In 1989 Olga and Valentin welcomed their one and only child into the world, a son named Alexander. Following the break up of the Soviet Union, Olga and her family moved to France. Residing just outside of Paris, Olga works as a coach and, putting her degree in journalism to use, provides television commentary for French Eurosport. For awhile she and Valentin performed in exhibitions all over Europe, this despite urgencies from physicians that even the slightest movements could seriously damage her weakened elbow.

Olga had hoped to coach Valentin to the 1996 Atlanta Olympics (as a representative for France), but according to International Gymnast online, a battle with the Russian federation prevented this. Then, just as he'd received official French citizenship, Valentin was stricken with a rare form of cancer. Unfortunately, the stress seems to have taken its toll on Olga and Valentin. According to many French contacts, the couple have been separated for several years now. Their son, Alexander, continues to do gymnastics.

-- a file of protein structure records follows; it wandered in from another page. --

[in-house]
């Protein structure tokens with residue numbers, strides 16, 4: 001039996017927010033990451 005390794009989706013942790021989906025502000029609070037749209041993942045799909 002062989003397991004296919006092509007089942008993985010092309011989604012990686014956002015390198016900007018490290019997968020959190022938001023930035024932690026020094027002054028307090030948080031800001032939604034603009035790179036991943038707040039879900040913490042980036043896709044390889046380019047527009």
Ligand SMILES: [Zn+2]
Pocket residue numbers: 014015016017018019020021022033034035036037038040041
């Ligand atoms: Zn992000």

Most recently, Olga has teamed up with Natalia Yurchenko and Svetlana Boguinskaia, becoming business partners in an internet sales company, SBS (Svetlana Boguinskaia Sportswear).

. This page was created on February 21, 2000 and last updated on January 11, 2001.


Banner designed by GymnDesign with photographs by Tom Theobald

   |  Gymn.ca

Disclaimer. The information contained within these pages is compiled from personal interviews, Web sites, magazines, newsgroups, message boards, home video and/or television coverage. Where applicable, sources are cited and links provided. All information is accurate (though not necessarily the most up-to-date) to the best of my knowledge, however should you read something that you believe to be incorrect, please me and I will make the correction as soon as possible. If any information or photos appearing on these pages are copyright of another site, person, or company, i.e., the permission that I have to use this media is invalid and was wrongly given in the first place by those who gave me the media please email me so that I can give proper credit for the media or delete them if preferred. I do not accept liability to any persons for the information or advice provided in this Web site or incorporated into it by reference or for loss or damages incurred as a result of reliance upon the material contained in this Web site.